The quality of a neighborhood can encourage—or discourage—people to stay physically active and exercise regularly, says a Chicago study led by Christopher Browning, associate professor of sociology at Ohio State University. Such factors as levels of poverty, lower education, and more families headed up by women can actively discourage exercise habits. The study found that individual income was less important in determining exercise levels as the type of neighborhood involved.
"We can’t encourage people to exercise more without looking at the neighborhood environment in which they live," said says Christopher Browning, co-author of the study and associate professor of sociology at Ohio State University.. "Some people may have the personal resources and desire to exercise, but don’t live in a neighborhood in which they feel comfortable to go outside for activities."
The study found that neighborhood context was more important for women than for men in determining how much they exercised. Additional factors brought out by the study were that levels of trust among neighbors, perceived violence in the community, and beliefs that neighbors help each other, all contributed to how much people exercised in a specific community.
Ming Wen, assistant professor of sociology at the University of Utah, and Kathleen Cagney, associate professor of health studies at the University of Chicago, collaborated with Browning on the study, the results of which appeared in a recent issue of Urban Studies.
The study examined levels of exercise among 8,782 residents of 373 neighborhoods in Chicago, and combined statistics from three data sources from the 1990s: the Metropolitan Chicago Information Center Metro Survey, the 1990 U.S. Census, and the Project on Human Development in Chicago Neighborhoods Survey. Social and economic factors, and the level of poverty were found to be the most important factors affecting levels of physical activity, although neighborhood characteristics were judged to be more important in determining a person’s exercise level than income.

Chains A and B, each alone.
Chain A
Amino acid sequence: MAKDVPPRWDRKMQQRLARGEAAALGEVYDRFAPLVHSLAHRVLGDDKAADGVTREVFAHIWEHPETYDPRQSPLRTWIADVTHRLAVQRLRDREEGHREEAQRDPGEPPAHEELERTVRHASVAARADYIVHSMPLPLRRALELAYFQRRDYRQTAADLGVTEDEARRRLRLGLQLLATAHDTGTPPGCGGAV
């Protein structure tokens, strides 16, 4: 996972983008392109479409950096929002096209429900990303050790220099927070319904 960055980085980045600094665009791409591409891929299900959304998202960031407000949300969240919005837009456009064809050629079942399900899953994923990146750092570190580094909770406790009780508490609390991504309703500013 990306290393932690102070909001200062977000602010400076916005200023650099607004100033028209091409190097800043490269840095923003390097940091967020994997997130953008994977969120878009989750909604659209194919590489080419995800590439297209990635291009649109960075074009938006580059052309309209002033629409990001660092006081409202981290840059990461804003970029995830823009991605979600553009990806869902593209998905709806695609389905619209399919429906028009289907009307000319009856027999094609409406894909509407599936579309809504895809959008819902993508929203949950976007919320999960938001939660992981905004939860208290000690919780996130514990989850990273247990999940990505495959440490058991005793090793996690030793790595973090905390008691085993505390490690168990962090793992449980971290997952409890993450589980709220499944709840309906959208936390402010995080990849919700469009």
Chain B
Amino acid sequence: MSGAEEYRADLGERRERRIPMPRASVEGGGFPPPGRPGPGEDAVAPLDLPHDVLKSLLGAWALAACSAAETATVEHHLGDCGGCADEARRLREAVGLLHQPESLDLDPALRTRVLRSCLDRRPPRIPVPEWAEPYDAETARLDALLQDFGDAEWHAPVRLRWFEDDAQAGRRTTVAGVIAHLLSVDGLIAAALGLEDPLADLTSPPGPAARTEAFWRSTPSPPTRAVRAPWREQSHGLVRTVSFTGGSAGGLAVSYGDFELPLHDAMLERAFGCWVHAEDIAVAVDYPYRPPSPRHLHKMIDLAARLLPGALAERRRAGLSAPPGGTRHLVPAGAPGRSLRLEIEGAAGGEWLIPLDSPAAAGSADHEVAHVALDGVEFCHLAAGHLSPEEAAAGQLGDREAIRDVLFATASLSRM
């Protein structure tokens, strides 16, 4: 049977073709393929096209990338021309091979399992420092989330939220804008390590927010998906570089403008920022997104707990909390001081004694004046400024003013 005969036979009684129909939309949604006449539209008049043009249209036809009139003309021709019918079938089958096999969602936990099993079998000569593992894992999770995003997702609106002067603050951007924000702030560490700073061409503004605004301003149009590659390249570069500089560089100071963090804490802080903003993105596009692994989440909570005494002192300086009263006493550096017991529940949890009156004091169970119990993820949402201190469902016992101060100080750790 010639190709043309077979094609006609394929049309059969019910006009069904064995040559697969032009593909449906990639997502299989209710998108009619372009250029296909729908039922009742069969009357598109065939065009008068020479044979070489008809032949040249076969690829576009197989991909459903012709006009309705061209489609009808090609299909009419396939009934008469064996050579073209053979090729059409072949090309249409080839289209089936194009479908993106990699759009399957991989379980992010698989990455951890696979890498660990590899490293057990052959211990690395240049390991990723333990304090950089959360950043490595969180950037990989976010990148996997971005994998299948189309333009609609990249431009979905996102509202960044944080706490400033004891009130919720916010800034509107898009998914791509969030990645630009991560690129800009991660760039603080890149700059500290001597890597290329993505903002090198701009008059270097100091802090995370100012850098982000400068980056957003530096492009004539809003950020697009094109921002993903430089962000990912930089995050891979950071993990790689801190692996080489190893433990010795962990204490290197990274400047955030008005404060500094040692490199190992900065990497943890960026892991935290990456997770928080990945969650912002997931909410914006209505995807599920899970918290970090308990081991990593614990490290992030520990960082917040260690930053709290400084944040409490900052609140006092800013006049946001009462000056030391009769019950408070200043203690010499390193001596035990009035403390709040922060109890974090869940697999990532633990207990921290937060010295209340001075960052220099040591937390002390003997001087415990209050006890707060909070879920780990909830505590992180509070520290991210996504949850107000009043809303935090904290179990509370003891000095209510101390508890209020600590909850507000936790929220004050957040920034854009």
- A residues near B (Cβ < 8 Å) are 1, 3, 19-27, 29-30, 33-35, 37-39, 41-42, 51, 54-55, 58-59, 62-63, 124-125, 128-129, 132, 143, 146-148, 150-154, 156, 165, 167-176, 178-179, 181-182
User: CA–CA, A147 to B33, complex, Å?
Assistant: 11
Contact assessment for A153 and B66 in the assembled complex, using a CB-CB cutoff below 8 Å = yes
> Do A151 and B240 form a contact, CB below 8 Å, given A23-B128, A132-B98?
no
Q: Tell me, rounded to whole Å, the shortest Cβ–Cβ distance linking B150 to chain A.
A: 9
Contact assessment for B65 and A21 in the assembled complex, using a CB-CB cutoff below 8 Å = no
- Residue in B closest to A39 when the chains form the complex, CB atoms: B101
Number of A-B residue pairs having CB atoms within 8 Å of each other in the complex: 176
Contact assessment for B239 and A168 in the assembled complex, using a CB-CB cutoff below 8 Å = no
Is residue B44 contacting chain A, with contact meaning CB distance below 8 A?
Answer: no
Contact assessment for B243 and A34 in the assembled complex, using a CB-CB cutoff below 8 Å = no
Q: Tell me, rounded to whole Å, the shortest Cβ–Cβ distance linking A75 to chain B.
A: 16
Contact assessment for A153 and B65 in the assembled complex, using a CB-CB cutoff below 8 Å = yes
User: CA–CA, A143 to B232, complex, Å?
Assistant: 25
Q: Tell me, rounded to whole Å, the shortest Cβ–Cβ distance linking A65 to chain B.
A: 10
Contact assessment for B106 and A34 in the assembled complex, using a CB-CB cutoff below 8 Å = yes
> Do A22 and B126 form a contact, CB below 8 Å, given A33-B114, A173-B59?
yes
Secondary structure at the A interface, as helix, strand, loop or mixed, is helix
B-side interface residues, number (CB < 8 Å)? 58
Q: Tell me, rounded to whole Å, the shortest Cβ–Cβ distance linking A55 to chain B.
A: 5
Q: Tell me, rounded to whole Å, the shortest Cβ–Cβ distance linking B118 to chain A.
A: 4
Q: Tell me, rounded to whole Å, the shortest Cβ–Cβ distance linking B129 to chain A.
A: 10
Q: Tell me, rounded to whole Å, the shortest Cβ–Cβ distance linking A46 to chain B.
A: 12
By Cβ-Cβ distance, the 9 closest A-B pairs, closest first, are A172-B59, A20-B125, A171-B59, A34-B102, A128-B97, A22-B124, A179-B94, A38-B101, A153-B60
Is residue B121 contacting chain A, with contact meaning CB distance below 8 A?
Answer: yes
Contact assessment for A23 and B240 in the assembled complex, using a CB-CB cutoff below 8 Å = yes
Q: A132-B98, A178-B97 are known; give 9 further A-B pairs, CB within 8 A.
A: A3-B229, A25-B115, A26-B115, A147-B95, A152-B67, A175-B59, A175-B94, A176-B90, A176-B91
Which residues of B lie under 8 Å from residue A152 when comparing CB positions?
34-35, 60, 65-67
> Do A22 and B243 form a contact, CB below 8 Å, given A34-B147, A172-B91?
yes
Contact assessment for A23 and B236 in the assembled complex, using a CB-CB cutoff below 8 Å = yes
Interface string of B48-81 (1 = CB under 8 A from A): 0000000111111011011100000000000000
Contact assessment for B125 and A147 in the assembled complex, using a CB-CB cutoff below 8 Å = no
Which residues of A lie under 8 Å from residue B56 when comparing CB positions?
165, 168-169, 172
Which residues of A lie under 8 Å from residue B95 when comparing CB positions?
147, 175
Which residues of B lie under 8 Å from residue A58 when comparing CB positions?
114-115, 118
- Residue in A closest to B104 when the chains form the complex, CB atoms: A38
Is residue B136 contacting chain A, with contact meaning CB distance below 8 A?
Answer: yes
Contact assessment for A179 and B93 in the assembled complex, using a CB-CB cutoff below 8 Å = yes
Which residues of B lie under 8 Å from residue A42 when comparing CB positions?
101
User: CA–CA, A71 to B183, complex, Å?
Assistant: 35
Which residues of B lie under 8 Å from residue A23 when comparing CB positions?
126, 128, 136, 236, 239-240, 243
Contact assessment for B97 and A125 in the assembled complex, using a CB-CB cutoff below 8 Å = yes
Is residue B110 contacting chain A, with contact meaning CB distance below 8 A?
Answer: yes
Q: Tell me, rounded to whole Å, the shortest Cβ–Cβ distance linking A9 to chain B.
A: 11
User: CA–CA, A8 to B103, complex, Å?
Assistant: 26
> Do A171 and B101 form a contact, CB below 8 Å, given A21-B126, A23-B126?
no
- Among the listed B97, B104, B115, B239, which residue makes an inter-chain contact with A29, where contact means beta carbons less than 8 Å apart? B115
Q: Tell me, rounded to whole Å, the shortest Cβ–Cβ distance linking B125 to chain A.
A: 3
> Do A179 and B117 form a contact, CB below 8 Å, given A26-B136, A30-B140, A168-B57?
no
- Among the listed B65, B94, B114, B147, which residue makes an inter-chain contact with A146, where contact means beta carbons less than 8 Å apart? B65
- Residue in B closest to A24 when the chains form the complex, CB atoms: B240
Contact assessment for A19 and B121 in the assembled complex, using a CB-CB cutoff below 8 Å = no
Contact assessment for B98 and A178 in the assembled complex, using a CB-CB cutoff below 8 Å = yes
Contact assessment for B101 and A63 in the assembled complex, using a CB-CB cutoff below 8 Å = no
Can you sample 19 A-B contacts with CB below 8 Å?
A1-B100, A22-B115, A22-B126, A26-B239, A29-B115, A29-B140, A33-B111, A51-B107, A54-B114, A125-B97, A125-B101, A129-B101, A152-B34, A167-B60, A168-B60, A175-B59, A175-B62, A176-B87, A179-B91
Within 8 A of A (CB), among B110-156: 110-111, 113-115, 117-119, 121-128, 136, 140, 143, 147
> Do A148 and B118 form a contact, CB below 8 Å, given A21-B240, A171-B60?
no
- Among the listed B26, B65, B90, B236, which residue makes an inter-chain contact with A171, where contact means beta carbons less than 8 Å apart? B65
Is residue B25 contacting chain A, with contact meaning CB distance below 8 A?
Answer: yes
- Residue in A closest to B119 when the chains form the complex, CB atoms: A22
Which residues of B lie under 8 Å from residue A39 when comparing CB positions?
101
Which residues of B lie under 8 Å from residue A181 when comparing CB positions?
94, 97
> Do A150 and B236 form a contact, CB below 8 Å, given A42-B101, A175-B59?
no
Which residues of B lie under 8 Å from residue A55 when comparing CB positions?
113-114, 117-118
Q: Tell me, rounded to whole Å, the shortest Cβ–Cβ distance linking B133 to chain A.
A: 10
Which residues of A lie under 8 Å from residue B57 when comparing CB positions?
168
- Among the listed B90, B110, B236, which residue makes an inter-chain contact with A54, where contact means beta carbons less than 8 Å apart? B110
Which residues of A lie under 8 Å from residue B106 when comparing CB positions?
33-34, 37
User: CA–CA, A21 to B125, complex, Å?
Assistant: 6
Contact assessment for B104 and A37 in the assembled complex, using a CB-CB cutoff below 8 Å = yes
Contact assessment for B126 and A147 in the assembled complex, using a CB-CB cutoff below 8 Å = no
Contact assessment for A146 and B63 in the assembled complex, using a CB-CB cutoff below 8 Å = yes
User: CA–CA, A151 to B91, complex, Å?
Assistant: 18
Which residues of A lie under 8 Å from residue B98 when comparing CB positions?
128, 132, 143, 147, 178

"The result is surprising enough that it needs to be confirmed by other studies," said Browning. "But if the finding is substantiated, it would show just how important neighborhoods are, and would have important implications for any new initiatives aimed at enhancing health and well-being." Women’s exercise habits were affected more by the neighborhood than men, which could also explain why African-American women have much higher obesity rates than other groups, said Browning.
Contrary to other research, this study found that once neighborhood factors were taken into account, African Americans in general exercised as much as white residents did. Browning said this finding suggests African Americans will exercise more if they live in neighborhoods where they feel comfortable doing so.
Source: Ohio State University